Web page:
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Four Important Decisions You Should Carefully Consider For Your Living (Revocable) Trust



Mitchell Miller
When you set up a living (revocable) trust — you (or you and your spouse if married) are the Trustee(s).

In the trust you name Successor Trustees to take over when you are incapacitated or deceased. This raises the important questions:

 

  • Who do you want to make the decision that you are no longer capable of handling your own affairs (and thus the Successor Trustees will take over)?

 

Considerations:
Do you want one person such as your spouse to make that decision? More than one person? Your spouse and children? Your spouse and doctor? Two doctors? The choice is up to you, but think it through carefully.)

 

  • Your trust will always name a Successor Trustee, but have you considered Co-Trustees or an independent Trustee?

 

Considerations:
For example, if you and your spouse have children from different marriages, you may want to ensure that neither set of children has power over the other set of children. One way to try to prevent this is to make sure there are always two Successor Trustees (serving as Co-Trustees) for each set of children or an independent Trustee (such as a bank) so that neither set of children can be cut out of an inheritance.

 

  • Have you decided to whom to leave family heirlooms?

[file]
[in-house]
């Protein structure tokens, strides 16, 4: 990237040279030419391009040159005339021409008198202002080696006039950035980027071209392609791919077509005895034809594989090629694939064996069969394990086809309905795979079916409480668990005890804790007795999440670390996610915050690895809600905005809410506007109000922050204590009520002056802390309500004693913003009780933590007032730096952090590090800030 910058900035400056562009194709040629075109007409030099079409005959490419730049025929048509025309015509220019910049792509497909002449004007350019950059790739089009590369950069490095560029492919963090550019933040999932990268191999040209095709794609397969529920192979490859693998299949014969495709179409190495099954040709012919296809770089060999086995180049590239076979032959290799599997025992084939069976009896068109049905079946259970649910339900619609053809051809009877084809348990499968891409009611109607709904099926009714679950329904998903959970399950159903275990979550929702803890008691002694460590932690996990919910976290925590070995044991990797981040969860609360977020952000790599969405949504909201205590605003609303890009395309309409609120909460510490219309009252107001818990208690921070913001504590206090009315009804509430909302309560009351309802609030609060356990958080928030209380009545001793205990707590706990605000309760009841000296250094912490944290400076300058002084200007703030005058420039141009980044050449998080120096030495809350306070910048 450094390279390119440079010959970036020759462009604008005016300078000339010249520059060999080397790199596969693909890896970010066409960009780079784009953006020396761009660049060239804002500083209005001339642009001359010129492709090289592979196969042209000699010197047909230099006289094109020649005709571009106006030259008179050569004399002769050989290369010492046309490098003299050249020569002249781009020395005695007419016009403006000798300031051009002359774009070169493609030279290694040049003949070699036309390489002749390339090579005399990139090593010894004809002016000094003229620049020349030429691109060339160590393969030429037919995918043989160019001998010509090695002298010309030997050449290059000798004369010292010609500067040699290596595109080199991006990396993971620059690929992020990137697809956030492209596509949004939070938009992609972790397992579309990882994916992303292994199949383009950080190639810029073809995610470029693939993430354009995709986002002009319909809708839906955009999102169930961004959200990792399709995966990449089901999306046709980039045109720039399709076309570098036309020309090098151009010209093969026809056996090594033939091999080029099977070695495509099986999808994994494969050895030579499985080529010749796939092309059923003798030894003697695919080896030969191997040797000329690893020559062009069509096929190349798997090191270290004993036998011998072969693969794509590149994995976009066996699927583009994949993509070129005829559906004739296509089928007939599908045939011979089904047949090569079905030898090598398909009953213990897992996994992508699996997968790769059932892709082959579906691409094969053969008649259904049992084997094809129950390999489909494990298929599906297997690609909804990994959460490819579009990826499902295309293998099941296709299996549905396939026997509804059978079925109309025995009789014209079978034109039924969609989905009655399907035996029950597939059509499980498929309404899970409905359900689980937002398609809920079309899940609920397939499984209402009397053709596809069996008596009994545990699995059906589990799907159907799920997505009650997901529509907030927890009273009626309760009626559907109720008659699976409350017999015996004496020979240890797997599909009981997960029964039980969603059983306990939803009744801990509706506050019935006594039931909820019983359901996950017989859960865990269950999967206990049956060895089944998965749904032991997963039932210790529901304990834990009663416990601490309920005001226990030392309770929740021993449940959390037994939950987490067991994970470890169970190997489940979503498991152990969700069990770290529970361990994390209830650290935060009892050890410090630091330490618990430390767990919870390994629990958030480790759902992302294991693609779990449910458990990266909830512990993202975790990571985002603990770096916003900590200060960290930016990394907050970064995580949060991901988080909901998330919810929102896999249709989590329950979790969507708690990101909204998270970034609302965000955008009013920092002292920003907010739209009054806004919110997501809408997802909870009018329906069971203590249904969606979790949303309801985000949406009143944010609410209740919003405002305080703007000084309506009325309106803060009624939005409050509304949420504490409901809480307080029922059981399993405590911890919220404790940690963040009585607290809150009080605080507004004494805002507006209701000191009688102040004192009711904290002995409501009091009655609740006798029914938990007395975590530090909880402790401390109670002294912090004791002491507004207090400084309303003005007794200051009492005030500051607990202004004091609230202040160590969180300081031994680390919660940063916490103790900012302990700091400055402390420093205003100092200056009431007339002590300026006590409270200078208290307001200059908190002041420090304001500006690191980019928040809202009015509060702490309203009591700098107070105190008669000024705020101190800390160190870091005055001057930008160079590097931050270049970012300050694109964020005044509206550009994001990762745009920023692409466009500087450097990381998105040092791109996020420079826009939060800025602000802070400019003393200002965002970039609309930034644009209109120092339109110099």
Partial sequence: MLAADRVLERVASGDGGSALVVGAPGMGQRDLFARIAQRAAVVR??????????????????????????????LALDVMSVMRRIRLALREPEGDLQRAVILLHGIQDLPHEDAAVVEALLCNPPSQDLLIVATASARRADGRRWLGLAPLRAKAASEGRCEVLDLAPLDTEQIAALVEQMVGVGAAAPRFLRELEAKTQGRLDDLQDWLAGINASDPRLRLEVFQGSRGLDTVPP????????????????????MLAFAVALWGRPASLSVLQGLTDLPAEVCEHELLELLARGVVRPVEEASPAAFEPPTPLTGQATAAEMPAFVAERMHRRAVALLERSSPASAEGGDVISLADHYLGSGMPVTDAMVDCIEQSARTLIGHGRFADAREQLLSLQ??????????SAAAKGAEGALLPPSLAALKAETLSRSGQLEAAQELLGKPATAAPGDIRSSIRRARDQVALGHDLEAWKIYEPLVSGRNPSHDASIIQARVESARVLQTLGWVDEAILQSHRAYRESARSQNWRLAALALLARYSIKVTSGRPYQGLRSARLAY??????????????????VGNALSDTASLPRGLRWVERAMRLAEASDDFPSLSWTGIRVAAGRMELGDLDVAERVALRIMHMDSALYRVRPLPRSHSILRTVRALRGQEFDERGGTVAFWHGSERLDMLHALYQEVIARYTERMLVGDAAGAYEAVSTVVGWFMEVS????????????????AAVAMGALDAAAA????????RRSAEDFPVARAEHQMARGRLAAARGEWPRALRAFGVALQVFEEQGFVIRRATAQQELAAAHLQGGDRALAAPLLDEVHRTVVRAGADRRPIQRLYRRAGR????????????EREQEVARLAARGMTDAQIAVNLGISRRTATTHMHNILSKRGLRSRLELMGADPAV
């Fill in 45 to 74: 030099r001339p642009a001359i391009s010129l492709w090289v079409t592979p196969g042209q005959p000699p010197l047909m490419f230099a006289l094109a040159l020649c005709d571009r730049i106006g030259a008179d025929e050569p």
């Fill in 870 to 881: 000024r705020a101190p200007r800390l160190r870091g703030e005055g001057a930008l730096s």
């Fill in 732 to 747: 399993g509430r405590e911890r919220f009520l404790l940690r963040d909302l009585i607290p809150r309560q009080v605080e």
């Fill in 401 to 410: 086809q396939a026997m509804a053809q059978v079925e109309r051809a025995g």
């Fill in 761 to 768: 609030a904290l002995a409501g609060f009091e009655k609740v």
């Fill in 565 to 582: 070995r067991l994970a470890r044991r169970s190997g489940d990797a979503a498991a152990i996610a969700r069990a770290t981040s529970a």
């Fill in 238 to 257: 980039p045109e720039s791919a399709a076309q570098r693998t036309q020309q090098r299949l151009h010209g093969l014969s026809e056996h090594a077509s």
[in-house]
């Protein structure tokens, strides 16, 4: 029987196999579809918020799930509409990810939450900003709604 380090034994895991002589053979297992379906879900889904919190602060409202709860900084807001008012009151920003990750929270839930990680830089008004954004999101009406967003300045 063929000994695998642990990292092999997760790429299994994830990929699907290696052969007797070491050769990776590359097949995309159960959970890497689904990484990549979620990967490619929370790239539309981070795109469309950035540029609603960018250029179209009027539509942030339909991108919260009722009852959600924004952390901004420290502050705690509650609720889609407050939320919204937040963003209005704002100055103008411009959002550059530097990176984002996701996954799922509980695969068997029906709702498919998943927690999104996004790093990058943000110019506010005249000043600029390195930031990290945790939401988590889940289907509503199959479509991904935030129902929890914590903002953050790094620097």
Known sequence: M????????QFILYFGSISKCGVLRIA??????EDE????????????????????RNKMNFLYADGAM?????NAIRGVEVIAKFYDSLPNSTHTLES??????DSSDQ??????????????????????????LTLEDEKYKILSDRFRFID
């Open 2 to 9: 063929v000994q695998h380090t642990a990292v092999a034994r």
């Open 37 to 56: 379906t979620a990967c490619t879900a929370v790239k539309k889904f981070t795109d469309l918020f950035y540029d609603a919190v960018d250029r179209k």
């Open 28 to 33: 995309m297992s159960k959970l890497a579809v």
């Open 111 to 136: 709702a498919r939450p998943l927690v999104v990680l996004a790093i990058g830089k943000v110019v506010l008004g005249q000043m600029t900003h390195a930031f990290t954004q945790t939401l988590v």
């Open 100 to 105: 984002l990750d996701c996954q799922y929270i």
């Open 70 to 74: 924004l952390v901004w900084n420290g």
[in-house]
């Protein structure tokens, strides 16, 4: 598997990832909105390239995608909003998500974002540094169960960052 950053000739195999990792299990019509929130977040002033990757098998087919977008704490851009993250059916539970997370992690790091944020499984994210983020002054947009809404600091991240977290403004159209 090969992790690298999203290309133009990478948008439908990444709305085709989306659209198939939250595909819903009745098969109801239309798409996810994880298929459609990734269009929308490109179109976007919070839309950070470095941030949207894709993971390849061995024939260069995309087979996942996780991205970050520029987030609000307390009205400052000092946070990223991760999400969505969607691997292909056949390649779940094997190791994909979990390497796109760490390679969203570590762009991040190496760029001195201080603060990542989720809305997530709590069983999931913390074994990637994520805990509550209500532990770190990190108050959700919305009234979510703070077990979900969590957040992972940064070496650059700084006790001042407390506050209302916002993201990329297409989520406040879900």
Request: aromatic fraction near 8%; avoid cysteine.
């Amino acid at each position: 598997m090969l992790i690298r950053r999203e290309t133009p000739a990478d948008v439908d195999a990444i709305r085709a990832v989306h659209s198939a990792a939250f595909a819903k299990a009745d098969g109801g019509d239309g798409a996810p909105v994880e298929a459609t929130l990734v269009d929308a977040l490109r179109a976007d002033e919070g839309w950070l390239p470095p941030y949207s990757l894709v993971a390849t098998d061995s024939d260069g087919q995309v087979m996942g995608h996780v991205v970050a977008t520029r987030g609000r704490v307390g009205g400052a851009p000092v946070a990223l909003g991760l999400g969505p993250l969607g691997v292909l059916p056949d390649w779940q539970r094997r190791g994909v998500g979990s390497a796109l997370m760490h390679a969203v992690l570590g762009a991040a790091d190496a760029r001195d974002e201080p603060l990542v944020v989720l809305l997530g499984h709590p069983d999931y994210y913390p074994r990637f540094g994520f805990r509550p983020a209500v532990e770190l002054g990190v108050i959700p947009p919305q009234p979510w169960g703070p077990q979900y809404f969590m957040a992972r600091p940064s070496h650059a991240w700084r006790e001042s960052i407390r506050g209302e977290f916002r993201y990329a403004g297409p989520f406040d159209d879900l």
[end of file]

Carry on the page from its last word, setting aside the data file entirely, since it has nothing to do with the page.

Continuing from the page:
Considerations:
This situation can cause real friction in the family. If you’ve promised your mother’s wedding ring to a daughter or a family portrait to a son, you need to specify these distributions in your trust.

 

  • If something should, heaven forbid, happen to your whole family, have you named alternate beneficiaries?

 

Considerations:
If you do NOT name alternate beneficiaries to those stated in your living trust — your estate planning attorney may designate your “heirs at law” as your alternate beneficiaries. This means that state law decides who will inherit, which could result in a cousin you never heard of, or even hate, being named your heir. Instead, you should ensure that your estate planning lawyer puts in your living trust specific family members, friends, and/or charities as alternate beneficiaries to cover this unlikely, but possible, situation.

Have a question? Contact Mitchell R Miller.

 

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